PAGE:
Cornwall's St Piran parades for tinners' saint

Flying the St Piran's flag in Truro
Image caption Processions will take place in various Cornish locations including Falmouth, Bodmin and Truro

The patron saint of tinners will be celebrated later with a series of parades in Cornwall.

According to legend, St Piran was flung into the sea in the 6th Century by the kings of Ireland who were jealous of his healing powers.

After he landed in Cornwall he "discovered" tin when his black hearthstone became so hot, tin began to melt out.

Street processions will take place through several Cornish towns.

Hundreds of people braved the cold on Sunday to watch a re-enactment of how St Piran arrived in Cornwall.

The pilgrimage across the dunes of Perranporth included actors in full costume using the beach as their stage.

Holiday call

In Truro hundreds of school children will walk through the city with Cornish flags.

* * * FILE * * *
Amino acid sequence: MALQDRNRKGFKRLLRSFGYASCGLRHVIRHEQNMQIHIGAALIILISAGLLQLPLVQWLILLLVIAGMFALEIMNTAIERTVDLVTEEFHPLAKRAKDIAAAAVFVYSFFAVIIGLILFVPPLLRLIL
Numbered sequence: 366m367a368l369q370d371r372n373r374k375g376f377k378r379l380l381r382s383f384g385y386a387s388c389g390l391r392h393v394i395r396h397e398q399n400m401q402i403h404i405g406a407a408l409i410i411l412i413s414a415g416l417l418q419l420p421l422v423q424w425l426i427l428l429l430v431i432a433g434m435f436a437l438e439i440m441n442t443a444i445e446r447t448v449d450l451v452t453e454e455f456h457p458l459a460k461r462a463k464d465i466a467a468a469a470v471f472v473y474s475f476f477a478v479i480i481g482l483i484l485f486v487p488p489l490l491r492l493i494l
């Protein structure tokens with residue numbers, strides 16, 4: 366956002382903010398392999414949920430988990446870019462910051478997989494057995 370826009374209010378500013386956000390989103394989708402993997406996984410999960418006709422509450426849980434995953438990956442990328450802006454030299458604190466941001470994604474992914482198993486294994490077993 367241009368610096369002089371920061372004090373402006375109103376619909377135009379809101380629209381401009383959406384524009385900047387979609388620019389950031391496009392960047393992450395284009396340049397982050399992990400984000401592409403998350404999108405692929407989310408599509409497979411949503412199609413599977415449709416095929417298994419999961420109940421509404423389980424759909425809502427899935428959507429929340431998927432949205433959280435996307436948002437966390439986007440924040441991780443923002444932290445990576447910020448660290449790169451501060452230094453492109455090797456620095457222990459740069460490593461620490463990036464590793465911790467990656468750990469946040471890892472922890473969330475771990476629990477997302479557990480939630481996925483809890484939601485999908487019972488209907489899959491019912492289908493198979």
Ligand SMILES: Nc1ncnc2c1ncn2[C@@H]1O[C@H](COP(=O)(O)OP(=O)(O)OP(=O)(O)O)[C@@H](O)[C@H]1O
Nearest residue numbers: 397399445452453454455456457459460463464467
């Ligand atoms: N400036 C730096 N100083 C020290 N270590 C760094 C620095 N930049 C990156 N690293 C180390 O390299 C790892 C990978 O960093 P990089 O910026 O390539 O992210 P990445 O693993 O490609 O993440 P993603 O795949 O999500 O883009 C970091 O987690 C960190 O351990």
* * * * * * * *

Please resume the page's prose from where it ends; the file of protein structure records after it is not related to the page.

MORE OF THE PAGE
Local musicians will perform through the streets, culminating in the singing of local song Trelawny.

Parades are also planned in Bodmin, Liskeard, Falmouth, St Ives and Penzance, with smaller events also expected to take place.

In recent years there have been calls to the government to a recognise St Piran's Day as public holiday in Cornwall.

Lib Dem MP Dan Rogerson said at the time a public holiday would be a "valuable opportunity" to celebrate Cornwall's unique heritage.

In 2006 Bodmin Town Council gave its workers a holiday on 5 March for St Piran's Day.

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